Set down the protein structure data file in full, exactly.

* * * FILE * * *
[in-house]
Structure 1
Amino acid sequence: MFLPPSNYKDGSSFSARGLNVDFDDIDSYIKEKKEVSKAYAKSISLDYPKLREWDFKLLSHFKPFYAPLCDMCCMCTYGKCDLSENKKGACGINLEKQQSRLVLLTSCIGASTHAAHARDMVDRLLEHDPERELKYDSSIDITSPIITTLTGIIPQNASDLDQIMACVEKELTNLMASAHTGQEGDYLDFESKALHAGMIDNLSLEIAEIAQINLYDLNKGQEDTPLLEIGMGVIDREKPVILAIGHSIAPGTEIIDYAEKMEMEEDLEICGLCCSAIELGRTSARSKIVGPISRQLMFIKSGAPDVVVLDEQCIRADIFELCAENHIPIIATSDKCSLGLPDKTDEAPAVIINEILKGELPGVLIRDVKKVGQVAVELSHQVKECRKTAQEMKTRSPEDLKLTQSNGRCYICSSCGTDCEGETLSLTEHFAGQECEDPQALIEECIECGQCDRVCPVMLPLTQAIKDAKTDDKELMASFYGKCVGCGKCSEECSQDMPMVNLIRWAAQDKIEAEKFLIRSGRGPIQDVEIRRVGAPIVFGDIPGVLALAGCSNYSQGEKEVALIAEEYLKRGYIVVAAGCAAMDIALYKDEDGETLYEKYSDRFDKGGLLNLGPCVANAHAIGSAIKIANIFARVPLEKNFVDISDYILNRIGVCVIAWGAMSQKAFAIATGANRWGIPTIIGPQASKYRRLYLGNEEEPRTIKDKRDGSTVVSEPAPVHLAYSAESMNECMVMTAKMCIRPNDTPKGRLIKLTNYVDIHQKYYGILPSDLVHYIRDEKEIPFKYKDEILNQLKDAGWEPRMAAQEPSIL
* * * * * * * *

[in-house]
Structure 1
Amino acid sequence: MFLPPSNYKDGSSFSARGLNVDFDDIDSYIKEKKEVSKAYAKSISLDYPKLREWDFKLLSHFKPFYAPLCDMCCMCTYGKCDLSENKKGACGINLEKQQSRLVLLTSCIGASTHAAHARDMVDRLLEHDPERELKYDSSIDITSPIITTLTGIIPQNASDLDQIMACVEKELTNLMASAHTGQEGDYLDFESKALHAGMIDNLSLEIAEIAQINLYDLNKGQEDTPLLEIGMGVIDREKPVILAIGHSIAPGTEIIDYAEKMEMEEDLEICGLCCSAIELGRTSARSKIVGPISRQLMFIKSGAPDVVVLDEQCIRADIFELCAENHIPIIATSDKCSLGLPDKTDEAPAVIINEILKGELPGVLIRDVKKVGQVAVELSHQVKECRKTAQEMKTRSPEDLKLTQSNGRCYICSSCGTDCEGETLSLTEHFAGQECEDPQALIEECIECGQCDRVCPVMLPLTQAIKDAKTDDKELMASFYGKCVGCGKCSEECSQDMPMVNLIRWAAQDKIEAEKFLIRSGRGPIQDVEIRRVGAPIVFGDIPGVLALAGCSNYSQGEKEVALIAEEYLKRGYIVVAAGCAAMDIALYKDEDGETLYEKYSDRFDKGGLLNLGPCVANAHAIGSAIKIANIFARVPLEKNFVDISDYILNRIGVCVIAWGAMSQKAFAIATGANRWGIPTIIGPQASKYRRLYLGNEEEPRTIKDKRDGSTVVSEPAPVHLAYSAESMNECMVMTAKMCIRPNDTPKGRLIKLTNYVDIHQKYYGILPSDLVHYIRDEKEIPFKYKDEILNQLKDAGWEPRMAAQEPSIL